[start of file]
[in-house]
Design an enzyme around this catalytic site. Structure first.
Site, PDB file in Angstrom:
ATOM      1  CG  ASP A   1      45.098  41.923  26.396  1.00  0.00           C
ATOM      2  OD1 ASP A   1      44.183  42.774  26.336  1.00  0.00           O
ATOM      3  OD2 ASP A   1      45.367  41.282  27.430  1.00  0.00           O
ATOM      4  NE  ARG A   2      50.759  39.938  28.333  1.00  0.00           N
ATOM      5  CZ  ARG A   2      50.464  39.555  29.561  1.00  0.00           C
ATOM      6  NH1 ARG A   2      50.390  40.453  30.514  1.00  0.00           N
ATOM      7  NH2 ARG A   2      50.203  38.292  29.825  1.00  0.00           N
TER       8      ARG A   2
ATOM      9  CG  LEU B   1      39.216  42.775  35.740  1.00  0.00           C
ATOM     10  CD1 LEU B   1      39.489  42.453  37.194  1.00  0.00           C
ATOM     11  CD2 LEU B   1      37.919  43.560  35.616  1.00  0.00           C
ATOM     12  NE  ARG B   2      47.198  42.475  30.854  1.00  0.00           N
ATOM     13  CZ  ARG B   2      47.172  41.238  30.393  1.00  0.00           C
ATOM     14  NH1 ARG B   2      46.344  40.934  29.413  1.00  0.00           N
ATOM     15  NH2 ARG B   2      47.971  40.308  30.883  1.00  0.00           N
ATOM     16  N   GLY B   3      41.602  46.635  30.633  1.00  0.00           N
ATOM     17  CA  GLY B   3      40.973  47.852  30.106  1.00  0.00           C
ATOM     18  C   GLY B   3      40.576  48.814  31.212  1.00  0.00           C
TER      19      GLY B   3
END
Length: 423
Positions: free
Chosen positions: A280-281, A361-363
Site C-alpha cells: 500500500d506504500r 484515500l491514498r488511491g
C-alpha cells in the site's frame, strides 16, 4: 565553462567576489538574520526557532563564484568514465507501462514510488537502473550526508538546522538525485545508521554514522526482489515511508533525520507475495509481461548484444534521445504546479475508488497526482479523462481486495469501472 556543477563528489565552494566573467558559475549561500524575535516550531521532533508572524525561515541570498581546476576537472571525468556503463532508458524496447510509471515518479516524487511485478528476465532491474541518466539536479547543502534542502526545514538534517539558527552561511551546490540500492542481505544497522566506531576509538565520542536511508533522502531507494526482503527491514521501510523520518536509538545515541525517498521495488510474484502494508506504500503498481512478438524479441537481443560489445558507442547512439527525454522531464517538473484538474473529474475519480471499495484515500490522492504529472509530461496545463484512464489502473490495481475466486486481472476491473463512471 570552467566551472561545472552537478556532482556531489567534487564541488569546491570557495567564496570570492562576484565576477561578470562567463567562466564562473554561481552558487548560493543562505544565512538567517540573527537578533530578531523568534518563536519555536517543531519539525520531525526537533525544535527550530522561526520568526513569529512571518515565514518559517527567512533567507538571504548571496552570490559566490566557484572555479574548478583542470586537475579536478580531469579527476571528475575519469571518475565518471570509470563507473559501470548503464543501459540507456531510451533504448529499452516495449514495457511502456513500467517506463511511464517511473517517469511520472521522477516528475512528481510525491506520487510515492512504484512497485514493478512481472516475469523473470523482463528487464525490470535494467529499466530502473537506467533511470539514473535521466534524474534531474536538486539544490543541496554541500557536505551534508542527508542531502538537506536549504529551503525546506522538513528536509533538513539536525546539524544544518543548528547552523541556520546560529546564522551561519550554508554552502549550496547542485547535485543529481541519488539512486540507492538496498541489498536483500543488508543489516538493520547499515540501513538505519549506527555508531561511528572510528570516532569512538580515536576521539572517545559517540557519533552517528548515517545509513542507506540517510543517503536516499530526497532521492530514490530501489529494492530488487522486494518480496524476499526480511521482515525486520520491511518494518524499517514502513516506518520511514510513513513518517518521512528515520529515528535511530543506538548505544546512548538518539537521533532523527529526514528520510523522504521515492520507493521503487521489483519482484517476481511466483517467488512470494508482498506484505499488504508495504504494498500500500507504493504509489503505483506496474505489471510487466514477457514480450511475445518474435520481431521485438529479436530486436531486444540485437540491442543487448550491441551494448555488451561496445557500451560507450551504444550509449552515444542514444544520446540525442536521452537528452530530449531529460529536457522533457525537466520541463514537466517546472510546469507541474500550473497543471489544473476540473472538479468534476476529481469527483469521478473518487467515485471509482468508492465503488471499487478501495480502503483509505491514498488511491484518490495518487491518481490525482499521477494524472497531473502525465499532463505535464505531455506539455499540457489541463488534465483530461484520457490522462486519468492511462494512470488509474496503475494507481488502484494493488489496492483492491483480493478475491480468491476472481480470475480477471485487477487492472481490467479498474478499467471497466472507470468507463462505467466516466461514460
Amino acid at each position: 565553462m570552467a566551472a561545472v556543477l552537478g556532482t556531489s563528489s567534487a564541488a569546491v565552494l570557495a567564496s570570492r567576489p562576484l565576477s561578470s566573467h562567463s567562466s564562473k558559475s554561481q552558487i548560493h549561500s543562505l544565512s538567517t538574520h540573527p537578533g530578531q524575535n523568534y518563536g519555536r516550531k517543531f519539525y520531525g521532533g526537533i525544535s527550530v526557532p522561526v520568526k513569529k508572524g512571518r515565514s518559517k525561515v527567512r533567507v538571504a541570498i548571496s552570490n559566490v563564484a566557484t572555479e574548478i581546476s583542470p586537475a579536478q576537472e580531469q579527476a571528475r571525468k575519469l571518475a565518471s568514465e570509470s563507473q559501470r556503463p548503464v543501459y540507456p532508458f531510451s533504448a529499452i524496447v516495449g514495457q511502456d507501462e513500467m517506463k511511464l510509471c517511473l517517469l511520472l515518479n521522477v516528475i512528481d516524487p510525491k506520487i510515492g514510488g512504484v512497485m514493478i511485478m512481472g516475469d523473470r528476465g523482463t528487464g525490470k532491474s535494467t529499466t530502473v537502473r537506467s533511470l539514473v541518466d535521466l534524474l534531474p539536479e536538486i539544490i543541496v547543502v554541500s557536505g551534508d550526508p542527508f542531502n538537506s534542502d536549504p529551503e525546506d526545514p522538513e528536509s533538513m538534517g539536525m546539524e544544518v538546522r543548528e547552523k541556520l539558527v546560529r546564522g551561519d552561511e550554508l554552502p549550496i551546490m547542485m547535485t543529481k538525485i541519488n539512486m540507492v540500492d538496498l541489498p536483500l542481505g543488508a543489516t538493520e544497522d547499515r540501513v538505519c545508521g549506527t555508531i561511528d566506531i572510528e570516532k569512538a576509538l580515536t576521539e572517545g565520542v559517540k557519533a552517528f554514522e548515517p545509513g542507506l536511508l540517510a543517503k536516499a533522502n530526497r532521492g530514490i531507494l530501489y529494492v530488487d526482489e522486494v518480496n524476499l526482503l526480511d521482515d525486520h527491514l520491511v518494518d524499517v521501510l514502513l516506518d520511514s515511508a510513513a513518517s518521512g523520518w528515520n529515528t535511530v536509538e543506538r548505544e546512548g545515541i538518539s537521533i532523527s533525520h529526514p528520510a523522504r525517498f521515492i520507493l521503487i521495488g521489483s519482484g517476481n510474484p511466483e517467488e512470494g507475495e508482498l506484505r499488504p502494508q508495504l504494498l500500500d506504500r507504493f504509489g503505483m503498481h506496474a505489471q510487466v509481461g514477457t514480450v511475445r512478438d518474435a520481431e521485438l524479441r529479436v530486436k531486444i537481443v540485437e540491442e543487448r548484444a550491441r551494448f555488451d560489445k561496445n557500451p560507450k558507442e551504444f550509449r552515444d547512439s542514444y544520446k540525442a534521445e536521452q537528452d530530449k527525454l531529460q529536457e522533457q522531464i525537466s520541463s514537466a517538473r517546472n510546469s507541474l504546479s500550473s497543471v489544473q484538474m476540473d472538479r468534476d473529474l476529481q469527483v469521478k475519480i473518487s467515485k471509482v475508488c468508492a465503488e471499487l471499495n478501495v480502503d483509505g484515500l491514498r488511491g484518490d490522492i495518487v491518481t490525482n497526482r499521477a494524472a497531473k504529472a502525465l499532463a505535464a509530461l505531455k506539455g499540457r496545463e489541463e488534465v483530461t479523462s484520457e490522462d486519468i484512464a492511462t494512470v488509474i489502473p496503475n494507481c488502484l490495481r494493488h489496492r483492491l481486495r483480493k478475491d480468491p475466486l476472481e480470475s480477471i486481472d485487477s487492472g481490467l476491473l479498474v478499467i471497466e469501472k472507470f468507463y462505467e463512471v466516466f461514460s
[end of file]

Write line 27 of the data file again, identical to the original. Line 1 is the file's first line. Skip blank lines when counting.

Site C-alpha cells: 500500500d506504500r 484515500l491514498r488511491g